Many of the genes that have emerged as the strongest autism candidates have turned out to regulate the expression of hundreds, if not thousands, of other genes. Within these networks, scientists are homing in on pathways that underlie autism.
Spectrum: Autism Research News
A new method of statistical analysis can predict whether a rare mutation identified in someone with autism has a meaningful association with the disorder or was found only by chance, researchers reported in the September issue of Nature Genetics.
Geneticist James Noonan explains how the complex function of CHD8, the leading candidate for autism risk, points to a way to unravel the mechanisms underlying autism.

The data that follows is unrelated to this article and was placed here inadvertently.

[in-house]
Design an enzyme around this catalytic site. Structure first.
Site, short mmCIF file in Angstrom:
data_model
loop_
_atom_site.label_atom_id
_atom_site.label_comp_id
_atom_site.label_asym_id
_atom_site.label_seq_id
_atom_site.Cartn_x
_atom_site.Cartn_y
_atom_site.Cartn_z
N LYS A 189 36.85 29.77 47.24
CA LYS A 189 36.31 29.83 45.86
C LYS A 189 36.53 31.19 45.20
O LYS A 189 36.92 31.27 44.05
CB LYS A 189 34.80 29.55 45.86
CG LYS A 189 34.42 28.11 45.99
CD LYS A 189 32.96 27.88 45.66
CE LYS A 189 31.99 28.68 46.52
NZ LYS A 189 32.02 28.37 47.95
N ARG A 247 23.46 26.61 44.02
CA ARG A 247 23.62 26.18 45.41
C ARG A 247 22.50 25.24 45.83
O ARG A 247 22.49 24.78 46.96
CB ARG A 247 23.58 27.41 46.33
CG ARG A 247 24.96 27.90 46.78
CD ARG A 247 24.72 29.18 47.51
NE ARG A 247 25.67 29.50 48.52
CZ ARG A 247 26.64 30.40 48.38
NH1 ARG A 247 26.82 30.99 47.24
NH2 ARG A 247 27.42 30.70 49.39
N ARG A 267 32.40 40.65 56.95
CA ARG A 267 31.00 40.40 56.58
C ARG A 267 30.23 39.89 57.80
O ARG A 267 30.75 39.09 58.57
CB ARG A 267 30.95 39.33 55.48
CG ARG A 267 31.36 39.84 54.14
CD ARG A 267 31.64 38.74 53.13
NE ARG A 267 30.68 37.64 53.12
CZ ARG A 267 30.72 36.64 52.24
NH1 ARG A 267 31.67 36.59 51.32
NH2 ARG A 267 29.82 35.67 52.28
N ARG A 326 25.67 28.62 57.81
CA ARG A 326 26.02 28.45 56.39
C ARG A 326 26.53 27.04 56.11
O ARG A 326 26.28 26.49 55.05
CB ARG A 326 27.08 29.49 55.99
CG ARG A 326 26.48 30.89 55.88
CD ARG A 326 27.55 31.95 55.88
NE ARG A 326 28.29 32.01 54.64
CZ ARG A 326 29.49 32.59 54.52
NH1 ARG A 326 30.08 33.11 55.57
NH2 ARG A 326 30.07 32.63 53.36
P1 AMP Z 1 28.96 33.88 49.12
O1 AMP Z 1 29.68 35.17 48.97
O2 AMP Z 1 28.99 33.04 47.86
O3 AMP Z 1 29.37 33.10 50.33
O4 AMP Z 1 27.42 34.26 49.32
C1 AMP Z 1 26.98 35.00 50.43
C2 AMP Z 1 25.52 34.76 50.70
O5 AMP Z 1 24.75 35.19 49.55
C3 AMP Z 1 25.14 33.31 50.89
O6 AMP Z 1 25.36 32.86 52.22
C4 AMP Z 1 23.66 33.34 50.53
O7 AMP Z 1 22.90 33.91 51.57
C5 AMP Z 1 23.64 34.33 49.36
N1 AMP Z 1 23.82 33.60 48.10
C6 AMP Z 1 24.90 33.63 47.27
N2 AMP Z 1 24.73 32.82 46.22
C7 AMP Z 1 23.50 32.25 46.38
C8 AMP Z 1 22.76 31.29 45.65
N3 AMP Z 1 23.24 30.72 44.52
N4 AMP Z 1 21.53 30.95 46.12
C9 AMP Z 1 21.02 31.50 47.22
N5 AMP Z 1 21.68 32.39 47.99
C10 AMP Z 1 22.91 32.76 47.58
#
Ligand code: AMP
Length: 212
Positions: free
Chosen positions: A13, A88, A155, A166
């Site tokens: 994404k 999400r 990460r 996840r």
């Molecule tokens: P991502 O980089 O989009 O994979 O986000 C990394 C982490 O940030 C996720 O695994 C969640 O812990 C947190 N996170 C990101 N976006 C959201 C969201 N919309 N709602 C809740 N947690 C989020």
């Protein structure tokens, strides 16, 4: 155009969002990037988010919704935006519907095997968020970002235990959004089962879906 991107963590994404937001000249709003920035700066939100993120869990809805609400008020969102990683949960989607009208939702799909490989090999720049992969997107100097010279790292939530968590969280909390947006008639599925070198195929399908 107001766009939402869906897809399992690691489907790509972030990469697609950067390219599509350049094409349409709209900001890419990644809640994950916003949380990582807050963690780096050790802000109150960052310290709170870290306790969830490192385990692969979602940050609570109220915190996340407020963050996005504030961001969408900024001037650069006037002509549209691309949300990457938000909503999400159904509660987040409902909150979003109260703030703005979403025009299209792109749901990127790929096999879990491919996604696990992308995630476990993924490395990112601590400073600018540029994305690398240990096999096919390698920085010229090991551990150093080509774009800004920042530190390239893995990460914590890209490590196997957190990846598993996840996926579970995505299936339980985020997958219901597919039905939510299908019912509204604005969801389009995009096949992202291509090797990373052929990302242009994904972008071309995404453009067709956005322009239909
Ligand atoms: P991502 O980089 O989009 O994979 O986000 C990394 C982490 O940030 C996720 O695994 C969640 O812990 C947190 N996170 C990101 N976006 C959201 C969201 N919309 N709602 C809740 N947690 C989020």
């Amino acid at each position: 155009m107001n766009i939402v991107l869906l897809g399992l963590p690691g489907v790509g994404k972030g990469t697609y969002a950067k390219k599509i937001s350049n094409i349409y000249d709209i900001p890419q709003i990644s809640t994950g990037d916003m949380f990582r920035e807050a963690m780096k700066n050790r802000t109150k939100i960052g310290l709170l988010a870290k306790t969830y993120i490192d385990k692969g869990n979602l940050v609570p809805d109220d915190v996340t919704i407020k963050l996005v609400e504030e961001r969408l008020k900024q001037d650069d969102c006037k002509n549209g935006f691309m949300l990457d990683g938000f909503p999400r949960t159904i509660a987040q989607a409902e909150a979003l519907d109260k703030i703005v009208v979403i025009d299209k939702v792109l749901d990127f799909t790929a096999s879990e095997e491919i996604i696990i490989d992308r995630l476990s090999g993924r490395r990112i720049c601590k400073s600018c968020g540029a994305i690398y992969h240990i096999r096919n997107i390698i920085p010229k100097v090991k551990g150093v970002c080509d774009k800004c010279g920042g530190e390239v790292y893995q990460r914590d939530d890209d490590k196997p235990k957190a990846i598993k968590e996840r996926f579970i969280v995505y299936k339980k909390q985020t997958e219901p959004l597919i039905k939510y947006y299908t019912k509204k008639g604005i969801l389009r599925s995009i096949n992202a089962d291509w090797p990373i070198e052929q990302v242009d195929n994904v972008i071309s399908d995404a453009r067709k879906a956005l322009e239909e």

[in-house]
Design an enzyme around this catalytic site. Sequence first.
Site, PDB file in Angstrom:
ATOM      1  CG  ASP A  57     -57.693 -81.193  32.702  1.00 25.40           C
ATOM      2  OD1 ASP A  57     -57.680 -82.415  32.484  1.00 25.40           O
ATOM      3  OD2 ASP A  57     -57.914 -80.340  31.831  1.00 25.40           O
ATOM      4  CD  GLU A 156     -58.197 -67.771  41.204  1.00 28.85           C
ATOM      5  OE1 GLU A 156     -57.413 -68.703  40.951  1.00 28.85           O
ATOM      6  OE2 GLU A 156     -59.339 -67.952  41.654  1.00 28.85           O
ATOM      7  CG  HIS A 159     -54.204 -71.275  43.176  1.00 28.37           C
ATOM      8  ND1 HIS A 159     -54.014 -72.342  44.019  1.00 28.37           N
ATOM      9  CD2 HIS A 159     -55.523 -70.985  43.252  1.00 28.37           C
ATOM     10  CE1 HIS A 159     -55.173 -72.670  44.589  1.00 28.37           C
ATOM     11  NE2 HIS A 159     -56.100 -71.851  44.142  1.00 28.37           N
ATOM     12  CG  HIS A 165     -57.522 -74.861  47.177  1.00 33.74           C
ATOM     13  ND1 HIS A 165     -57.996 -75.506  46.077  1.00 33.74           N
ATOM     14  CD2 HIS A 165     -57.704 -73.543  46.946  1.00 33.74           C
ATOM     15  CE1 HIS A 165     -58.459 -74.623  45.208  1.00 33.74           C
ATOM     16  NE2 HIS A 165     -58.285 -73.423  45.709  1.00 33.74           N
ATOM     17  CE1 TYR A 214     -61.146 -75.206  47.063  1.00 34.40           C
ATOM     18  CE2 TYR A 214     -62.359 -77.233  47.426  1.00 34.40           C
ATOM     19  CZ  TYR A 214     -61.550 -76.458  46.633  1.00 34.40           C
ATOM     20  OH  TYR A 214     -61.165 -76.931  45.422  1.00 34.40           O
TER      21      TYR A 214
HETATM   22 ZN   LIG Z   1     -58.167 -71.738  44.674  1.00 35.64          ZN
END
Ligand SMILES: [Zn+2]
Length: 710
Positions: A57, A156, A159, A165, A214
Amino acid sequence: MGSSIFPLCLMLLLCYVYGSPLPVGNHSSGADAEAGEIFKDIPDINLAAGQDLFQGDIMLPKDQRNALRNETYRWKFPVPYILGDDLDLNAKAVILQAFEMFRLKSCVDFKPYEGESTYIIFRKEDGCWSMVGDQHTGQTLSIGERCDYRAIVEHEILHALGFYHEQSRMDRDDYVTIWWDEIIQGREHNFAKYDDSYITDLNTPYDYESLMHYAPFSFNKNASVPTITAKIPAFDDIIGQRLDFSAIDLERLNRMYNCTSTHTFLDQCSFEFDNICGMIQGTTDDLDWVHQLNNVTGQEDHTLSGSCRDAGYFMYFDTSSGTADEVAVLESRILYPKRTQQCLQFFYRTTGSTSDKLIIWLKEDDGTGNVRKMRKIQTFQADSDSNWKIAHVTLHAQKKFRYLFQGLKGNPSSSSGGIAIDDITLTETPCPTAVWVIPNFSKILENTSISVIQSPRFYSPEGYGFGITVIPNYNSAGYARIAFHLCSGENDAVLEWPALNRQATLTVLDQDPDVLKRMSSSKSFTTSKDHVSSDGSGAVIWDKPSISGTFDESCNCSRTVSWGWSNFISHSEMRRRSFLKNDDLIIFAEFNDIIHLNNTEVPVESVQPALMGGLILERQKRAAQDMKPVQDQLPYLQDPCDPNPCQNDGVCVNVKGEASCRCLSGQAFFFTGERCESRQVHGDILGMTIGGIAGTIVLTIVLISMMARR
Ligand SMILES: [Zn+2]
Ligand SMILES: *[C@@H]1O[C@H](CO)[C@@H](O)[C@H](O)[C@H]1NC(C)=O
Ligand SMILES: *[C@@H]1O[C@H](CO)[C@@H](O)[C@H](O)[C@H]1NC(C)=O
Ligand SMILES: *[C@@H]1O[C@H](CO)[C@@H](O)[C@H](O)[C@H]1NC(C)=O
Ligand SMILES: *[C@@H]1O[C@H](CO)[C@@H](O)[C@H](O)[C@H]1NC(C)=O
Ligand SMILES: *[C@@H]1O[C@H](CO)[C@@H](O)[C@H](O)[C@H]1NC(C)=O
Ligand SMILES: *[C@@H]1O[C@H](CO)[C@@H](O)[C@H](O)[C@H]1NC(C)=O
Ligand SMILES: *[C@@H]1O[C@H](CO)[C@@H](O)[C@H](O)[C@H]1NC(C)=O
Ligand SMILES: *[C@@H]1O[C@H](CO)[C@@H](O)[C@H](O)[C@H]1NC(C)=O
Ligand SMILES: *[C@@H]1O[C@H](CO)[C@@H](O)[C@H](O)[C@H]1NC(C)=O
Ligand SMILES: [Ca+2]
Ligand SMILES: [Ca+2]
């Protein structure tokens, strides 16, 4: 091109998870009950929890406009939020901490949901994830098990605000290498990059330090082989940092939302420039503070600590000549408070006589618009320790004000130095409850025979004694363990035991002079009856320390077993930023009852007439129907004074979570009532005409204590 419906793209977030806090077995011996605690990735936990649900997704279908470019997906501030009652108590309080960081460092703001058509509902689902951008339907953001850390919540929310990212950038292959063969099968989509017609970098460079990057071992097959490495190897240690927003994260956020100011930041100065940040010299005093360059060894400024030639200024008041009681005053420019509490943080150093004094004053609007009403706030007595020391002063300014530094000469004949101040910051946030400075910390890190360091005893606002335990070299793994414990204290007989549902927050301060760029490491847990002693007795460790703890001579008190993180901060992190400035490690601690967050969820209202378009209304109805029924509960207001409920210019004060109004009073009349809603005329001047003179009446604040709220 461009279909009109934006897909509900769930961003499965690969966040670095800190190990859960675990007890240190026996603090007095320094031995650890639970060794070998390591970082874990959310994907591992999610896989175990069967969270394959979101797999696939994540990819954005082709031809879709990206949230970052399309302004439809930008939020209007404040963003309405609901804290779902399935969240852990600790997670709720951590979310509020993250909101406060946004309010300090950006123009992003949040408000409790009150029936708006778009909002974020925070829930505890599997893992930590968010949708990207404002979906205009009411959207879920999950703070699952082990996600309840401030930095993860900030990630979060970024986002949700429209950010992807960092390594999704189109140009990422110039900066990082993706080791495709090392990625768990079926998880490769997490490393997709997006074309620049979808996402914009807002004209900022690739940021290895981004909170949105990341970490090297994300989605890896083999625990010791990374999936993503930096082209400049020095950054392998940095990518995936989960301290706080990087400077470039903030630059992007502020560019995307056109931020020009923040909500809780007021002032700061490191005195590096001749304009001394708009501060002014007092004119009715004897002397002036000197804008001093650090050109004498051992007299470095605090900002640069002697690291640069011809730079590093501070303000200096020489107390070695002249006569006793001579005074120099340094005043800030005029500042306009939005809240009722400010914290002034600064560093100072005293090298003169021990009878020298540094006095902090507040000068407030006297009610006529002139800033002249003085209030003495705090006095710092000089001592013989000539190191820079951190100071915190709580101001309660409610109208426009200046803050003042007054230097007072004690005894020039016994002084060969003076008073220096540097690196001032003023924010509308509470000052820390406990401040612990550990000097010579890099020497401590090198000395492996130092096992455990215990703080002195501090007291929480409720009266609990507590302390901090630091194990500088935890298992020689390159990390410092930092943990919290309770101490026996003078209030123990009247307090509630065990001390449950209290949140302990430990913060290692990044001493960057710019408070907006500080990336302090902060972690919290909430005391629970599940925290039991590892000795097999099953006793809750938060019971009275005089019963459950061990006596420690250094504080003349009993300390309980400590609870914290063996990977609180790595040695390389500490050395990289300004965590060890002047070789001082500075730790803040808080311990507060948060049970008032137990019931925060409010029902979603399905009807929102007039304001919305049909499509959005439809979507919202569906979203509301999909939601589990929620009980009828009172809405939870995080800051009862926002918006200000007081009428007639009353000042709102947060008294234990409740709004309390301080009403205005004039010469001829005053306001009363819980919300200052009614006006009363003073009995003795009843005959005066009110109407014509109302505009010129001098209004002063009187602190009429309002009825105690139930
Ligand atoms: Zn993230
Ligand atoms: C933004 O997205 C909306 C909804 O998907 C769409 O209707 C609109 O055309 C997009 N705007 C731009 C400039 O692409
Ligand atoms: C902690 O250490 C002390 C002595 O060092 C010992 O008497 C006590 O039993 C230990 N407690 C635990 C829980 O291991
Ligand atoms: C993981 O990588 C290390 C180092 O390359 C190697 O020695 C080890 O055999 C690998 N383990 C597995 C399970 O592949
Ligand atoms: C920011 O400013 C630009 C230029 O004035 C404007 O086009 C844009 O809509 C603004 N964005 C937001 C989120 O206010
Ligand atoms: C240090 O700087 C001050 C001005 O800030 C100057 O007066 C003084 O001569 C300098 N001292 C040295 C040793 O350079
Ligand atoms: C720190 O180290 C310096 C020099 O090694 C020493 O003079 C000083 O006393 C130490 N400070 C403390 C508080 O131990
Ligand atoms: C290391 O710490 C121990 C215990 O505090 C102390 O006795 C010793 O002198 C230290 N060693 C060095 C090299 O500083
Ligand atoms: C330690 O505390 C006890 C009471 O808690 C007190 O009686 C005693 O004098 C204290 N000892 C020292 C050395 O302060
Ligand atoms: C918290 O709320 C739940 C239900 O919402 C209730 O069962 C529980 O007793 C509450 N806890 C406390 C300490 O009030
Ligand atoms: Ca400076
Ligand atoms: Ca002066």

CHD8, a gene that regulates the structure of DNA, is the closest thing so far to an ‘autism gene,’ suggests a study published today in Cell. People with mutations in this gene all have the same cluster of symptoms, including autism.
CHD8, a gene that has emerged as one of the strongest risk factors for autism, regulates the expression of more than half of a set of ‘high-confidence’ risk genes for the disorder. The unpublished data were presented Saturday at the 2014 International Meeting for Autism Research in Atlanta.
Sequencing studies over the past few years have made a dramatic and unexpected discovery: Many of the mutations in individuals with autism are in genes that regulate chromatin, which helps package DNA in the cell nucleus, say Gerald Crabtree and Aryaman Shalizi.
A new candidate gene for autism, CHD8, may account for up to 0.4 percent of cases of the disorder, according to research published today in Science. CHD8 is one of six genes identified that together may contribute to one percent of autism cases.
Large-scale swapping of genetic material between chromosomes may play an important role in autism, according to a study published 27 April in Cell.